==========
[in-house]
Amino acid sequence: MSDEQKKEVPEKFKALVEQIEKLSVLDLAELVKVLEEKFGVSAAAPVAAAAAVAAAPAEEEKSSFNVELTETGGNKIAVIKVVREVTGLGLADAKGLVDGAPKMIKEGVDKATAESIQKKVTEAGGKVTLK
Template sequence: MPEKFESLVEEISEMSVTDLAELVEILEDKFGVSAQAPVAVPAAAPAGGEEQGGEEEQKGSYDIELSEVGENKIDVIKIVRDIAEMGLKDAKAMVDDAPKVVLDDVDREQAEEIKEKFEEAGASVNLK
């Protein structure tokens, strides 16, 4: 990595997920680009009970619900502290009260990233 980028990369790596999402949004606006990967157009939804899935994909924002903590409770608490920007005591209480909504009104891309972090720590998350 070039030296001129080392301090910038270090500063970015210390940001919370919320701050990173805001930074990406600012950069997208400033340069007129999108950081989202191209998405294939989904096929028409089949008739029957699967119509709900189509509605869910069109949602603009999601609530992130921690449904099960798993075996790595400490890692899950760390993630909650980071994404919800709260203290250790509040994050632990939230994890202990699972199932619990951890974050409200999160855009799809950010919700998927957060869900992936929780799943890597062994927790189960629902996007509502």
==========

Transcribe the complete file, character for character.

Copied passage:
[in-house]
Amino acid sequence: MSDEQKKEVPEKFKALVEQIEKLSVLDLAELVKVLEEKFGVSAAAPVAAAAAVAAAPAEEEKSSFNVELTETGGNKIAVIKVVREVTGLGLADAKGLVDGAPKMIKEGVDKATAESIQKKVTEAGGKVTLK
Template sequence: MPEKFESLVEEISEMSVTDLAELVEILEDKFGVSAQAPVAVPAAAPAGGEEQGGEEEQKGSYDIELSEVGENKIDVIKIVRDIAEMGLKDAKAMVDDAPKVVLDDVDREQAEEIKEKFEEAGASVNLK
């Protein structure tokens, strides 16, 4: 990595997920680009009970619900502290009260990233 980028990369790596999402949004606006990967157009939804899935994909924002903590409770608490920007005591209480909504009104891309972090720590998350 070039030296001129080392301090910038270090500063970015210390940001919370919320701050990173805001930074990406600012950069997208400033340069007129999108950081989202191209998405294939989904096929028409089949008739029957699967119509709900189509509605869910069109949602603009999601609530992130921690449904099960798993075996790595400490890692899950760390993630909650980071994404919800709260203290250790509040994050632990939230994890202990699972199932619990951890974050409200999160855009799809950010919700998927957060869900992936929780799943890597062994927790189960629902996007509502």